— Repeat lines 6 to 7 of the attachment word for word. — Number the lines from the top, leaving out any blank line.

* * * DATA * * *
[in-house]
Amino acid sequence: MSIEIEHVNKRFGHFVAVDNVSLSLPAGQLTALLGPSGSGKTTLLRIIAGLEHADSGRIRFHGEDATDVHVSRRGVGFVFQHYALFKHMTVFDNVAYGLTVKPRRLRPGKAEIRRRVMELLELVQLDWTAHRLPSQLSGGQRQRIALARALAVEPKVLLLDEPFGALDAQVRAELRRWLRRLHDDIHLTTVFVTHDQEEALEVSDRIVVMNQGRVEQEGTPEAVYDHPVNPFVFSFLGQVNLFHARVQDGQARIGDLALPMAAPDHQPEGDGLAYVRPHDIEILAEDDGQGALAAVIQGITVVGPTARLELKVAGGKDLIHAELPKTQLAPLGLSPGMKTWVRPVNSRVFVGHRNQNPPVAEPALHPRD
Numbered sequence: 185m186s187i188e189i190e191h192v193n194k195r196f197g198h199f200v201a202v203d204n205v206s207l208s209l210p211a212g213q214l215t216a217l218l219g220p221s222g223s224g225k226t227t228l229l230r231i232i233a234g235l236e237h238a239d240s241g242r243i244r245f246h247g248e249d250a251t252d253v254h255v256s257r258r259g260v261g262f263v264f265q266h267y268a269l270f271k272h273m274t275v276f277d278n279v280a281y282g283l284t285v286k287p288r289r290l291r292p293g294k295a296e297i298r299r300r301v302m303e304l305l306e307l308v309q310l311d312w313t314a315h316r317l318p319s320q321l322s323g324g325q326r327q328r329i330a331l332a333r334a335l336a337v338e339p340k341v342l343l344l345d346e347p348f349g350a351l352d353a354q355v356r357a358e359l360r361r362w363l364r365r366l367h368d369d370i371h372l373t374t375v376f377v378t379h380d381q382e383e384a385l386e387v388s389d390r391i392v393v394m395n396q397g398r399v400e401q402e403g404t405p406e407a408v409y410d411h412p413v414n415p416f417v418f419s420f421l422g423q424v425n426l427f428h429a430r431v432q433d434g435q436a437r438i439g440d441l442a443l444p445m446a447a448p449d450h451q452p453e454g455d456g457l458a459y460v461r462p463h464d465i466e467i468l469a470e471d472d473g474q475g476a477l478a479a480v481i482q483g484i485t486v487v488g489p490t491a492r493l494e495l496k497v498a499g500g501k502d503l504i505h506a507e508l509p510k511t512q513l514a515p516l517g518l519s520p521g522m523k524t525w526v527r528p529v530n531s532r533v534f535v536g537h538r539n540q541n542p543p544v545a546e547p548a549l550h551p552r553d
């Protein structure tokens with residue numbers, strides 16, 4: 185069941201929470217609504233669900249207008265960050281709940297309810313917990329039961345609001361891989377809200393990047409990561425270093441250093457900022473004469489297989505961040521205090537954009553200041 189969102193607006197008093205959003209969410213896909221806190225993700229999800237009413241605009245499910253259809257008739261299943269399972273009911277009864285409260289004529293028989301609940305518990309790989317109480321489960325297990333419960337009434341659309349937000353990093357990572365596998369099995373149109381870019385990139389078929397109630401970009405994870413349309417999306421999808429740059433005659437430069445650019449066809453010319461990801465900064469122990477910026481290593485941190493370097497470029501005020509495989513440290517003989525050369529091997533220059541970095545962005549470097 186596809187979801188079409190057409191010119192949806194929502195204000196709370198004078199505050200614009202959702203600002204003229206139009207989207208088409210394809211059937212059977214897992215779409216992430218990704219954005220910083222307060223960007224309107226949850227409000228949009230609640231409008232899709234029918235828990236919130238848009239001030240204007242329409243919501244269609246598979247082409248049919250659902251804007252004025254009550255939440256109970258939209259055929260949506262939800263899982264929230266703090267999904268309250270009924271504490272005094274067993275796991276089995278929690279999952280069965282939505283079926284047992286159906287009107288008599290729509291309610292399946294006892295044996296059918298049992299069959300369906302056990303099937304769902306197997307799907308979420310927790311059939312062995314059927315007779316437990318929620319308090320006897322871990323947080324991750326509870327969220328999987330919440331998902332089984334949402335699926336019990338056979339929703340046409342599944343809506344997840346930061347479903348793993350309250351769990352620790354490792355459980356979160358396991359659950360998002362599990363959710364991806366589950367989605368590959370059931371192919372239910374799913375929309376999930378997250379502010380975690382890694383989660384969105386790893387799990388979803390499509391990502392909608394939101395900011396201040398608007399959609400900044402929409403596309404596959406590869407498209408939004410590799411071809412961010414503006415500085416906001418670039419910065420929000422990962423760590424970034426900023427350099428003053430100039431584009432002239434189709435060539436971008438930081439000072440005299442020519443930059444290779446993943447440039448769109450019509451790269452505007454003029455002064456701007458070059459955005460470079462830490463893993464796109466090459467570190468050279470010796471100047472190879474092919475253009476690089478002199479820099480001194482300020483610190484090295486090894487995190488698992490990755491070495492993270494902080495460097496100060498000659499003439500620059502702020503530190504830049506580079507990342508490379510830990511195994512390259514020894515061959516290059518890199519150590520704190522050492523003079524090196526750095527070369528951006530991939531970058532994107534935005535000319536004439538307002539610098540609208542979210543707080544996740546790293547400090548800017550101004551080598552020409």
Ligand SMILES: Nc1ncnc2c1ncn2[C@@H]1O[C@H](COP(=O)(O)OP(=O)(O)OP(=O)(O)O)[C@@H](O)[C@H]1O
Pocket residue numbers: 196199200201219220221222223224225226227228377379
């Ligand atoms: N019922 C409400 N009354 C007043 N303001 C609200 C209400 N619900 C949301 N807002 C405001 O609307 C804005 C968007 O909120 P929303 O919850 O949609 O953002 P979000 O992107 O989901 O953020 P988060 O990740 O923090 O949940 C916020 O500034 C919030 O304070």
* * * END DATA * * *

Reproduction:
Pocket residue numbers: 196199200201219220221222223224225226227228377379
């Ligand atoms: N019922 C409400 N009354 C007043 N303001 C609200 C209400 N619900 C949301 N807002 C405001 O609307 C804005 C968007 O909120 P929303 O919850 O949609 O953002 P979000 O992107 O989901 O953020 P988060 O990740 O923090 O949940 C916020 O500034 C919030 O304070």